Perhaps we’re dating ourselves by using the ‘silver bullet’ description in referencing the new EMV credit cards. For those not much into 1960s horror films, the ‘silver bullet’ theory describes the only way to kill a werewolf.
In terms of the credit card payments industry, fraud is the werewolf, but the new EMV credit cards are not the silver bullet. Not yet at least. They are a step in right direction to fight credit card fraud and counterfeiting, but EMV credit cards are still loaded with flaws.
Falsely labeled the perfect solution to fighting credit card fraud, migration to EMV will take a few more years to have a significant impact on credit card fraud in the U.S. (Which is the last of the G20 nations to migrate to such).
Here are what we believe to be three flaws:
Reason 1: Consumers and Merchants Awareness of Liability
When a consumer approaches checkout, swiping is the first impulse. It is all American consumers have ever known. Additionally, when consumers hand over a credit card to a cashier say, to pay the bill at a restaurant, is the cashier swiping or inserting? And how do we know?
The EMV liability shift, which began Oct. 1, 2015, basically assigns blame to the party in a credit card transaction who is using the least secure role. Credit card transactions still have massive room for error.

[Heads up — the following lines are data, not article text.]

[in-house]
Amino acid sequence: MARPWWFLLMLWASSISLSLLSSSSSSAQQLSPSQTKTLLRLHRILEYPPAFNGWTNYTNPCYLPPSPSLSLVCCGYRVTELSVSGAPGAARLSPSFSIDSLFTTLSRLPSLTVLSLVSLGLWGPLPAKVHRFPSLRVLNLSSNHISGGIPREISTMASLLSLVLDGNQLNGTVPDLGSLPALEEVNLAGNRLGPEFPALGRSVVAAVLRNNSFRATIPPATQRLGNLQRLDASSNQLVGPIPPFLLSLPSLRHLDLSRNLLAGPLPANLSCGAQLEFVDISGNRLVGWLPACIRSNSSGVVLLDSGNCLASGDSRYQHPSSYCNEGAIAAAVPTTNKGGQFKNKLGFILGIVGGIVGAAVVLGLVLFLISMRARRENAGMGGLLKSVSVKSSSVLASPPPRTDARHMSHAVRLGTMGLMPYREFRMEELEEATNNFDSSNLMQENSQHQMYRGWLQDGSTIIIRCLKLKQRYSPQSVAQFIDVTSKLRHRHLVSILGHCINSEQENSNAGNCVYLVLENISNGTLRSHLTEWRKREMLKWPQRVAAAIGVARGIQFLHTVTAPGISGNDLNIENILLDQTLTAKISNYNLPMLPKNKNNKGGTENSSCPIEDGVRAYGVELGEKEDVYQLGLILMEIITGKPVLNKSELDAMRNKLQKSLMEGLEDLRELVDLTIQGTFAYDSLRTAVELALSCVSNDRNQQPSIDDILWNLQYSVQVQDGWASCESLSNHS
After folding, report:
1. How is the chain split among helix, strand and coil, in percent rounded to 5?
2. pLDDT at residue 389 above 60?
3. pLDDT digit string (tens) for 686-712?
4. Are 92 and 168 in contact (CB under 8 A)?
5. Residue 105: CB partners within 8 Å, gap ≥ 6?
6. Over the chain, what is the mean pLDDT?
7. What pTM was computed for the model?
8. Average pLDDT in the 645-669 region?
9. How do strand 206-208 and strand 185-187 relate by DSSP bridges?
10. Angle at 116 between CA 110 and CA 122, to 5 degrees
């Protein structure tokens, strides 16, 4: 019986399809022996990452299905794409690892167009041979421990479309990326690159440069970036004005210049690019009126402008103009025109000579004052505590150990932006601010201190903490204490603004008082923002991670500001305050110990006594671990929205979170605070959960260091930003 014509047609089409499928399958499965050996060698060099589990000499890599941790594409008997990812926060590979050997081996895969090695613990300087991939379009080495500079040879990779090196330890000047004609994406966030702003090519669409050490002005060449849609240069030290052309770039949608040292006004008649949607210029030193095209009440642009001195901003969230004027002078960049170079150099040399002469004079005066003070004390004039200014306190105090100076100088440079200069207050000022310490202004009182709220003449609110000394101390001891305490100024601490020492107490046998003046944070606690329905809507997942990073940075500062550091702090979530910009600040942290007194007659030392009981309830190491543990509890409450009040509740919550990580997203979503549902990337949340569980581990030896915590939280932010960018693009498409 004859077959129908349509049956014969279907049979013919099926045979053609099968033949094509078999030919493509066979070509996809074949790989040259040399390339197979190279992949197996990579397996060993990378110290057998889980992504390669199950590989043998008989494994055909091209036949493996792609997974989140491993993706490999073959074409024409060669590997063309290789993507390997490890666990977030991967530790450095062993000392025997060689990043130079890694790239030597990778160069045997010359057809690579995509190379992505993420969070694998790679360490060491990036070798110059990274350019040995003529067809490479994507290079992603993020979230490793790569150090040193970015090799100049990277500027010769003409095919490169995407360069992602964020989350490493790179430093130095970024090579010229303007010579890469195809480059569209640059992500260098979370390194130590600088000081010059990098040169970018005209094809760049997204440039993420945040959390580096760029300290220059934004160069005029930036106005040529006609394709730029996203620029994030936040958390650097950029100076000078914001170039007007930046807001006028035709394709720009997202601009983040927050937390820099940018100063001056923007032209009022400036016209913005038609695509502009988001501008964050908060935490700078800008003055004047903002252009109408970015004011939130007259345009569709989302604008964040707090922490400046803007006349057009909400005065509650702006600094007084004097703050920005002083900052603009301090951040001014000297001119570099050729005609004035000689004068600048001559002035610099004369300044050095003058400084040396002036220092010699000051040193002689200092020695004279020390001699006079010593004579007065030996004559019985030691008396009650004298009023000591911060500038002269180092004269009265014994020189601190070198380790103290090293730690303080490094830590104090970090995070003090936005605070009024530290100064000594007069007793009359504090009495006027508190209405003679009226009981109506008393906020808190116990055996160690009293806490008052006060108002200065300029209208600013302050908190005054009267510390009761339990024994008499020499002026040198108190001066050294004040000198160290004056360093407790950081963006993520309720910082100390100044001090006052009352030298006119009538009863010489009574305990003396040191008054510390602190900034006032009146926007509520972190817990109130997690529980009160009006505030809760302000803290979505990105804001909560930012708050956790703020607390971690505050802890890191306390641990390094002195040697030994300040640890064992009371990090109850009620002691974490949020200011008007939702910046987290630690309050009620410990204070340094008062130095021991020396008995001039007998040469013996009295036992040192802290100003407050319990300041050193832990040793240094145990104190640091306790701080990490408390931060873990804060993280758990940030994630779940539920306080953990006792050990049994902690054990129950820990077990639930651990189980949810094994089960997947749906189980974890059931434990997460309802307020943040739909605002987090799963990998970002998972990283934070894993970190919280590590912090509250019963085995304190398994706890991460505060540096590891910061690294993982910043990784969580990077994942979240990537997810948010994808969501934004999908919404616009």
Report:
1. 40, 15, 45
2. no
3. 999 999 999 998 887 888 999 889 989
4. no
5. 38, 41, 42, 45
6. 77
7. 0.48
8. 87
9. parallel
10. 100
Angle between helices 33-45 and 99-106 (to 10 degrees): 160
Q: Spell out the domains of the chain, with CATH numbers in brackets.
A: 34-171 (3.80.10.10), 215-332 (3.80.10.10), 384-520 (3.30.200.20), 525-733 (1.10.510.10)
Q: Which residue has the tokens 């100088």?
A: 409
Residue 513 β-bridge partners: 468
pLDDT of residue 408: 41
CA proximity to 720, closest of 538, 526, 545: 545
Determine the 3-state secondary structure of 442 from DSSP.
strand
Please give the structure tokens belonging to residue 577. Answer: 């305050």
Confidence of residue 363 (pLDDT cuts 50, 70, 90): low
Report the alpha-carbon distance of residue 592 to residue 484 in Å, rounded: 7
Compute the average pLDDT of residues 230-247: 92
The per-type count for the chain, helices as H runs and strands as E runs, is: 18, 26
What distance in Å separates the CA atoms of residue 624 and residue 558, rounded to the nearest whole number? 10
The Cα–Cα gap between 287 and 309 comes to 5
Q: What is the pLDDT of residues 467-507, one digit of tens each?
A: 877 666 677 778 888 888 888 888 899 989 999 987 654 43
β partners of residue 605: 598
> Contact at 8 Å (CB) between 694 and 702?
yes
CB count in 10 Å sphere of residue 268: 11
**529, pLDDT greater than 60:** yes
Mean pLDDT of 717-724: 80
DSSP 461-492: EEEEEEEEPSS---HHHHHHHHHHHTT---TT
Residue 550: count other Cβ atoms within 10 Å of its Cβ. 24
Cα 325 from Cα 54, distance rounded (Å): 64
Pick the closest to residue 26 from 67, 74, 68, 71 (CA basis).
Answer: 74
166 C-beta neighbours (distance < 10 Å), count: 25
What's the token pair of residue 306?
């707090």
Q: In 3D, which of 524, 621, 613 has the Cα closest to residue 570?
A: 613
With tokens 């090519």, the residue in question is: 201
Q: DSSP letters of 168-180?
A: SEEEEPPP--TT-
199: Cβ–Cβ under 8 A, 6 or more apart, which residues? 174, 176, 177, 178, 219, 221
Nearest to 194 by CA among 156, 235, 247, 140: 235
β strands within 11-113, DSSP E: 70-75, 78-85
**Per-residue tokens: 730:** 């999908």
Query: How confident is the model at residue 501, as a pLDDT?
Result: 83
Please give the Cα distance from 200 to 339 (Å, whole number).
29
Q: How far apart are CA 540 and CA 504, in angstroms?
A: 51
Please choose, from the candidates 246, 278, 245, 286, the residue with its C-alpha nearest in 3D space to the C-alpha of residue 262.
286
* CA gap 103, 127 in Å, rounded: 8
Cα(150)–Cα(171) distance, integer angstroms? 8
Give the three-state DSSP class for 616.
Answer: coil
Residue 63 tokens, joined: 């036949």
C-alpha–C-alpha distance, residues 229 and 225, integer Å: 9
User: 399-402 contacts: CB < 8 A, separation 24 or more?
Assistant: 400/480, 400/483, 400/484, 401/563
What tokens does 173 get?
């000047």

Reason 2: With the Stripe, There is Risk
Back to swiping. As long as there is a magnetic stripe on the reverse of a credit card, consumers and merchants are at risk. The data contained in a magnetic stripe is easily accessible and prone to counterfeiting by hackers.
The conundrum lies in U.S. merchants universally being able to accommodate EMV credit card transactions, so that swiping is no longer necessary, and no longer needs to be an option.
Reason 3: We’re Not Using the PIN
When using an EMV credit card, there is a difference between transactions in the U.S. and, for example, the U.K.. When a U.K. consumer makes a purchase, he/she is prompted to enter a unique four-digit PIN to verify the card belongs to the consumer. It makes a credit card nearly unusable to a thief, if said thief doesn’t know the PIN.
U.S. consumers aren’t using PINs quite yet, so just about anyone can use a stolen credit card. The smarter, more informed merchants will request a photo ID at the point of sale.
The Good News
If nothing else, U.S. consumers are generally far more aware about credit card security than they were even a year ago. Migrating to more secure EMV credit cards – without the magnetic stripe – is going to take several years, but U.S. consumers and merchants are headed in the right direction.